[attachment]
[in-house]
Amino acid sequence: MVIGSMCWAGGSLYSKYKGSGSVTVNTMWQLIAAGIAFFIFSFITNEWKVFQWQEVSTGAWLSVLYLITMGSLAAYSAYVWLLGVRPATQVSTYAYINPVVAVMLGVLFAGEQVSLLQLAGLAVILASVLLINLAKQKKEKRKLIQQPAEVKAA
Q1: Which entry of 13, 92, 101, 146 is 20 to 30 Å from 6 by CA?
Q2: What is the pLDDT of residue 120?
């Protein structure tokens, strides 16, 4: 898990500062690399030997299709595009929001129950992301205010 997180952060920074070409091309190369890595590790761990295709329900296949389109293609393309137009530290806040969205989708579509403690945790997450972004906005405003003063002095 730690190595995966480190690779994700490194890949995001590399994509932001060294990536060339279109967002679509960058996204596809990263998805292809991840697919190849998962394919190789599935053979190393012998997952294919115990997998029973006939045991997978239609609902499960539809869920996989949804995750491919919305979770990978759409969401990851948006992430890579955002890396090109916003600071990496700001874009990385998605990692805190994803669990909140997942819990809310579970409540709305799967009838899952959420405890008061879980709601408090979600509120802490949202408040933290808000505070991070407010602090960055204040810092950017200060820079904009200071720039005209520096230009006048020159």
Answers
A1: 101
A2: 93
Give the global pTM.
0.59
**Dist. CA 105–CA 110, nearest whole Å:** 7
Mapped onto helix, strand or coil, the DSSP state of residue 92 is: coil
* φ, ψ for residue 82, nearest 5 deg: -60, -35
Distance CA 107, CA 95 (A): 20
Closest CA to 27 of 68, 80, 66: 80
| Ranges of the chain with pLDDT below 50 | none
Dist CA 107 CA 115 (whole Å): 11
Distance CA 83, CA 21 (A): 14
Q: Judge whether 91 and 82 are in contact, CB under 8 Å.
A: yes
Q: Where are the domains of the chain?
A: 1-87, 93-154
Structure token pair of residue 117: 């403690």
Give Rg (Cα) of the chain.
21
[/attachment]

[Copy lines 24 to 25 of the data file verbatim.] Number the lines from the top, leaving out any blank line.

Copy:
Give Rg (Cα) of the chain.
21